"I don't have a key to the city," I said somewhat awkwardly, when they both turned to look at me.
Ray flashed a smile and patted my hand the way a grandfather might.
"I have a feeling one day you might get a key," he said. "Christchurch is a special place that will always be home to me. Of all my awards getting that key was very important."
Later, I watched Ray as he left the stage. Ever the perfectionist, he was disappointed with his performance. Most people recovering from a major stroke wouldn't dream of getting on stage to sing in front of more than 100,000 people. But Ray did it because he wanted to do his part and sing for the city which shaped him.
Despite his ill health, Ray kept a keen eye on the Christchurch music scene and worked in the background helping many with their careers.
Once, after I posted him a vinyl copy of the Lyttelton Records 2012 album Sad But True – The Secret History of Country Music Songwriting Volume 1 by Delaney Davidson and Marlon Williams, Ray sent me a text expressing his delight.
I knew he liked the album because it always struck me that he didn't like to use text messaging unless he had to.
He was very fond of Delaney Davidson's music and gentlemanly approach to his career and the pair struck up a friendship.
"I nicknamed him Del, like Del Shannon."
When Ray described the Lyttelton music scene as: "the Seattle of the south" in an interview, some scoffed.
But, judging by the worldwide success of the likes of multiple award-winning Marlon Wiliams, Ray may well yet be proved correct.
I know Ray was proud that Marlon will be supporting Bruce Springsteen at his Christchurch concert in February.
Ray always liked to have the last word.
For that reason, when we did our last interview together earlier this year (and somehow I knew it was the last time we'd talk and I cried after I'd hung up the phone), I promised him I wouldn't write this until he'd gone.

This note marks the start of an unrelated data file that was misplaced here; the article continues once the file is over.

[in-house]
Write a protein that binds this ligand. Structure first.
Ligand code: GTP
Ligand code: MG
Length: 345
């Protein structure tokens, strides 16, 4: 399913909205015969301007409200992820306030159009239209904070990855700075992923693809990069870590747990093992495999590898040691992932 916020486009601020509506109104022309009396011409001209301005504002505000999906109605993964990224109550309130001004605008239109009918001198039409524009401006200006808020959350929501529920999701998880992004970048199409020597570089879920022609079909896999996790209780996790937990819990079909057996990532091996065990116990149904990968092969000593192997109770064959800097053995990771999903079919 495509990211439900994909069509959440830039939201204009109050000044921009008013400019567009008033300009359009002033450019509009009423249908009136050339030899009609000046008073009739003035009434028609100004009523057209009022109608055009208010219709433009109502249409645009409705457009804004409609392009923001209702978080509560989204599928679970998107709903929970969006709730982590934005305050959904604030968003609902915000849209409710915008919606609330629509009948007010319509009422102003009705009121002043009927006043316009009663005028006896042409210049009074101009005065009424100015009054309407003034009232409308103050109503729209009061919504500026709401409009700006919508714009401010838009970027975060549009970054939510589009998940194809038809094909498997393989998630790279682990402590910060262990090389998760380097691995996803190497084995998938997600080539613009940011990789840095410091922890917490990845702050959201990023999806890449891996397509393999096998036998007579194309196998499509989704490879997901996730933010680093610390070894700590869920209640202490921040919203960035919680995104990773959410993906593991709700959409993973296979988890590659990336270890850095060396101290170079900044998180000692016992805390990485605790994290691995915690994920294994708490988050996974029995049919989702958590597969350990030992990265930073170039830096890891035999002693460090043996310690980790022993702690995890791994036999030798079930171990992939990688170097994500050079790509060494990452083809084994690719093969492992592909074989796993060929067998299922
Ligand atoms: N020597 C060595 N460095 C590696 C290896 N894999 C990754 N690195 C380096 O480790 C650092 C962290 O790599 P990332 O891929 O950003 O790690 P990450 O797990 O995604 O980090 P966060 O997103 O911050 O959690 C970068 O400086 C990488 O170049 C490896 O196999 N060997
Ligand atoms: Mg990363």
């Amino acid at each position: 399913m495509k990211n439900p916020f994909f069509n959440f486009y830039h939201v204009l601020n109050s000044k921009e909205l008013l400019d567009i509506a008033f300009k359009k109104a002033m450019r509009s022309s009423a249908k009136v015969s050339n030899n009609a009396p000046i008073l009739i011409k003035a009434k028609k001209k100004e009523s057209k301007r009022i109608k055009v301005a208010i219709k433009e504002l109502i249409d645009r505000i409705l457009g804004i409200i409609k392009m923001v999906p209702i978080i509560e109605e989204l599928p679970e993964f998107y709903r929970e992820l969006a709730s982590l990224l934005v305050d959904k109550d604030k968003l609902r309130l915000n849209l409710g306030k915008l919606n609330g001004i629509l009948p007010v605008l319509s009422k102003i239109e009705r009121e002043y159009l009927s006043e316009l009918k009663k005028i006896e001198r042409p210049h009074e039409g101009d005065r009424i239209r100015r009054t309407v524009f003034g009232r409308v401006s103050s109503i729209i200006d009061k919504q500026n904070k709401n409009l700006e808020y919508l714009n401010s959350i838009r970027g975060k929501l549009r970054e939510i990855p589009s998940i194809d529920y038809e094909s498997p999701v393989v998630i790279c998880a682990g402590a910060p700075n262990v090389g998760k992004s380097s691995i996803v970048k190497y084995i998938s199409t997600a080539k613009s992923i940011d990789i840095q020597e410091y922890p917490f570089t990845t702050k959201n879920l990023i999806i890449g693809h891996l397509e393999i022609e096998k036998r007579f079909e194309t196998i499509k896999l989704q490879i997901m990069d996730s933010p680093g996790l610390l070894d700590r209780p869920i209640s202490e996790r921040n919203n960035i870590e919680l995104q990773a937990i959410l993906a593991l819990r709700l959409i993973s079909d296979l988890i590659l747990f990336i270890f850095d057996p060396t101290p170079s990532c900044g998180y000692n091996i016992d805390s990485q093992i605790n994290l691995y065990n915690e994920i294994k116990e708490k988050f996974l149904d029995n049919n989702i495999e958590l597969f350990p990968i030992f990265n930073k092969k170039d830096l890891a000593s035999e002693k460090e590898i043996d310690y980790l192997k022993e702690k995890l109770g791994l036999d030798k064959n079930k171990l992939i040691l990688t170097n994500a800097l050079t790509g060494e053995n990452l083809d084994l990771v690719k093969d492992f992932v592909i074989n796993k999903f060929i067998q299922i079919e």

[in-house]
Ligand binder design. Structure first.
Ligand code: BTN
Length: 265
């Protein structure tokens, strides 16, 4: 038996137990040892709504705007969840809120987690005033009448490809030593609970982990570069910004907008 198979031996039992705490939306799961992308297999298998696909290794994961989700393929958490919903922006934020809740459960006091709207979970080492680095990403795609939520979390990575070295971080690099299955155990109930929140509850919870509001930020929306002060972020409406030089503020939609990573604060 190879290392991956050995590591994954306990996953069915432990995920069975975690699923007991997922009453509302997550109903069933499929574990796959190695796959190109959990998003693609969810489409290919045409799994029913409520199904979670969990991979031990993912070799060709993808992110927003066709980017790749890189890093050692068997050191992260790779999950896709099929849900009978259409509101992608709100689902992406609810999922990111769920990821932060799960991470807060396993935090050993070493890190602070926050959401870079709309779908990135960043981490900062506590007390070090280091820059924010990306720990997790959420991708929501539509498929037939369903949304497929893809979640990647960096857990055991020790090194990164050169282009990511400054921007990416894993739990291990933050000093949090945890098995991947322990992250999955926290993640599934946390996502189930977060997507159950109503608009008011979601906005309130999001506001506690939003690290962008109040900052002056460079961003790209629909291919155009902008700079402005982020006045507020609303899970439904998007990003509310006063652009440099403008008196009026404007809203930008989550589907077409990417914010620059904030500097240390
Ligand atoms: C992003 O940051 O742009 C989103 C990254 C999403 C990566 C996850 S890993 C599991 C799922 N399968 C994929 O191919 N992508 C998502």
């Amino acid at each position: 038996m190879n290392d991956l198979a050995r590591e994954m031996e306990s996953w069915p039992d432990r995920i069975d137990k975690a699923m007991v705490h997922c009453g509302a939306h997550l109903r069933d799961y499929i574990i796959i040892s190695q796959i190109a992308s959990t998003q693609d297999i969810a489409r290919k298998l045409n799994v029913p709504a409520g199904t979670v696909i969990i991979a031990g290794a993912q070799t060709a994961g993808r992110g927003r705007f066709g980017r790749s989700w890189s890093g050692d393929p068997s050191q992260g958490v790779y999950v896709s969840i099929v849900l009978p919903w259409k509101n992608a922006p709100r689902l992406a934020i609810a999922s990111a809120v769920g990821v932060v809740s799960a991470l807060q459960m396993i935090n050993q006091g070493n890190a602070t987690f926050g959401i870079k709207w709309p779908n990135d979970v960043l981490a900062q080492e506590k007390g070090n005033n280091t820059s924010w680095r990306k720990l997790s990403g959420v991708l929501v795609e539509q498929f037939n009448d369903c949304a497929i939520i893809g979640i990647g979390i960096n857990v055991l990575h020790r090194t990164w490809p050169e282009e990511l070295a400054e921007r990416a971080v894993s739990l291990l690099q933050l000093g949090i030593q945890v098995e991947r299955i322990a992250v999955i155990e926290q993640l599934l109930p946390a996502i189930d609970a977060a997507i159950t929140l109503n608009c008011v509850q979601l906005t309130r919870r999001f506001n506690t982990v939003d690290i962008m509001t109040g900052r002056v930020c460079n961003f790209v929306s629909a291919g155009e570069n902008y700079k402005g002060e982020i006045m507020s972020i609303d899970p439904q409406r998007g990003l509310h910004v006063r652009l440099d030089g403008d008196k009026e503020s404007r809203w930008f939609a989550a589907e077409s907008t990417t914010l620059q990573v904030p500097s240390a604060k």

In 2013, I wrote a story about Christchurch talent quest stars the Manetti Brothers, Gerry Brownlee and former schoolmate Richard Holden.
The pair performed a unique mix of country and western and jazz cover songs around Christchurch bars from 1980 to 1986.
Towards the end of their career, the Manetti Brothers auditioned in front of Ray Columbus for a TV show.
"He subtly told us we were crap," Brownlee told me in 2013.
He went on to describe the audition as a "cock-up" on Columbus's part.
"It was the most appalling thing. We went to the second floor of the now demolished TVNZ building to audition," said Brownlee.
"Ray Columbus was there, very small he was. I had to look down to see him, and he said 'show us what you've got'. We only got a little way through our act and he said 'that's enough, you guys'. I'm not bitter about it but it was a cock-up in my opinion."
Oh how Ray laughed when I read Brownlee's quote to him.
That year, Brownlee's "cock up" quote made the top 10 quotes of the year list.
"All right," Ray eventually agreed when I suggested he should have right of reply. "But you can only print this response when I'm gone."
As I said, Ray did always like to have the last word.
"I may be short, Mr Brownlee, but at least I could sing."